The juggernaut “CSI” franchise will end up the sole property of CBS if the Eye forks out a pretty penny to buy out its current series co-producer and international distributor, Alliance Atlantis Communications.
That’s because the Canadian company is officially putting itself on the block in Canada, and the “CSI” property is not expected to be part of that selloff in the Great White North.
With its three Vegas, Miami and New York installments, “CSI” is arguably the highest-grossing American TV series franchise in both domestic syndication and in international sales.
The three series have been licensed internationally by AAC since the show’s debut Stateside seven years ago. Show was originally a Disney Touchstone and CBS co-production, but the Mouse House famously pulled out before the forensic procedural went to air, and the Eye brought indie distrib AAC aboard as its co-producer and foreign distrib.
On the domestic side, CBS sibling King World placed the reruns on cablers Spike (“CSI,” “CSI: NY”) and on A&E (“CSI: Miami”), with the New York installment pulling in a whopping $2 million an episode. (A weekend syndication deal also brings in record moolah to the profit participants.)
On the foreign front, each of the three series is reckoned to be bringing in north of $1 million an episode from foreign stations.
The “CSI” franchise has been the most lucrative programming property with which AAC has ever been involved.
CBS execs had no comment on what, if anything, the company may do to secure the entirety of the franchise, if indeed AAC is bought out in Canada. It’s also unclear if the contract between CBS and AAC allows for either partner to have first dibs on the franchise if the other has to pull out.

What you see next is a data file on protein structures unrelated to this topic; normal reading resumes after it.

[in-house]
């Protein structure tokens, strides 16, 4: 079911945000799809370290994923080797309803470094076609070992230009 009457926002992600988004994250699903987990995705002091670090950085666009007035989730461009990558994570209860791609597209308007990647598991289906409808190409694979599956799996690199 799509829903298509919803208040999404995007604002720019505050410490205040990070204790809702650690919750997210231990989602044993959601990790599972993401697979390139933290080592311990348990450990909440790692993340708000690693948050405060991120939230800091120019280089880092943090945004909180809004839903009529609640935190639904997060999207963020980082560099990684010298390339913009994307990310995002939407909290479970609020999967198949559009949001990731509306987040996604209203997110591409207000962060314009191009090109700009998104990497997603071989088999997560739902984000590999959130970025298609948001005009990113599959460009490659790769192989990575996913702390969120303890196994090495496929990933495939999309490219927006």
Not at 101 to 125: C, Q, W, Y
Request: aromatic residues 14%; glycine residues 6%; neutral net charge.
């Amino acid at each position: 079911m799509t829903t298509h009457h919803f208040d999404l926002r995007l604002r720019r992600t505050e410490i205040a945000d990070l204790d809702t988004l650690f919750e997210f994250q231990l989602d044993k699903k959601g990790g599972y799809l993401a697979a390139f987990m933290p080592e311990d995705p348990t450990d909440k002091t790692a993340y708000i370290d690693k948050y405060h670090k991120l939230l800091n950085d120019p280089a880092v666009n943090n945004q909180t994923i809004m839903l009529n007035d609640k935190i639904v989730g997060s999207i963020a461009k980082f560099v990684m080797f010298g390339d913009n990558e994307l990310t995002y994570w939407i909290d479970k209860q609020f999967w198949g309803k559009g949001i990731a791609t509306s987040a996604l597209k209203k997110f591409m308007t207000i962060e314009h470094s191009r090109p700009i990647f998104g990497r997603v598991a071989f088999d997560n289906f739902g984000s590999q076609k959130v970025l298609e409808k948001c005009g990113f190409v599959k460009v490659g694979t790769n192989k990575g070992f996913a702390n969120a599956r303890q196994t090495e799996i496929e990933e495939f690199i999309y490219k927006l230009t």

One source close to the Eye did say, “A deal is more complicated than you might think. Jerry Bruckheimer (the producer of the series) will obviously have a say in this as well.”
Were a deal to be struck, CBS Paramount Intl. TV, under prexy Armando Nunez, would be the distribution entity to oversee the rest of the franchise’s run abroad, which could, like the series Stateside, endure for another decade. There’s also been talk abroad of locally customized formats — “CSI: Paris,” for example — which that Eye unit would oversee.
In any case, the Canadian-based media player put itself on the block on Wednesday, with Winnipeg-based CanWest Global rumored to be the most likely to pick up the broadcaster, which analysts suspect has been positioning itself for a sale for months.
The company issued a statement before the markets opened saying that its controlling shareholders are exploring “strategic alternatives.” It has hired RBC Capital Markets and Bennett Jones as its financial and legal advisers, respectively.
A special committee of board members will look into the potential sale, including chair Robert Steacy, Anthony Griffiths and Barry Reiter.
AAC’s share price shot up 16% on the Toronto stock exchange following the announcement, closing at C$49.11 ($42.73). AAC shares have been climbing steadily since August, when they were at $27.84. They have risen nearly 20% in the last week alone.
The majority of voting shares of AAC, which has 13 Canadian pay channels and owns half of the “CSI” franchise as well as a controlling interest in Motion Picture Distribution, are held by Southhill Strategy, which is controlled by Atlantis founders Seaton McLean and AAC exec chairman Michael MacMillan.
“Southhill has informed AAC that no decision to sell Southhill’s controlling interest in AAC has been made and that Southhill may decide not to sell its interest,” according to the AAC statement. “If Southhill decides not to sell its interest, a sale of AAC is unlikely to occur.”
Announcement was widely expected, especially after AAC –traditionally an acquirer — put its distribution division on the block in October.
“Not a question of ‘if’ but ‘when,'” Merrill Lynch analyst Ihor Danyliuk said in a note to investors in October, though Danyliuk did not predict the company would move forward so quickly.
In the past CanWest has said it wants to up its domestic pay TV holdings, and although CanWest has a lot of debt, it recently put its controlling share of Network Ten Australia up for sale, which would free up cash for the transaction.
Other potential suitors include deep-pocketed pay TV broadcaster Astral Media, which has been trolling for acquisitions, as well as pay TV broadcaster Corus Entertainment and cabler Rogers Communications.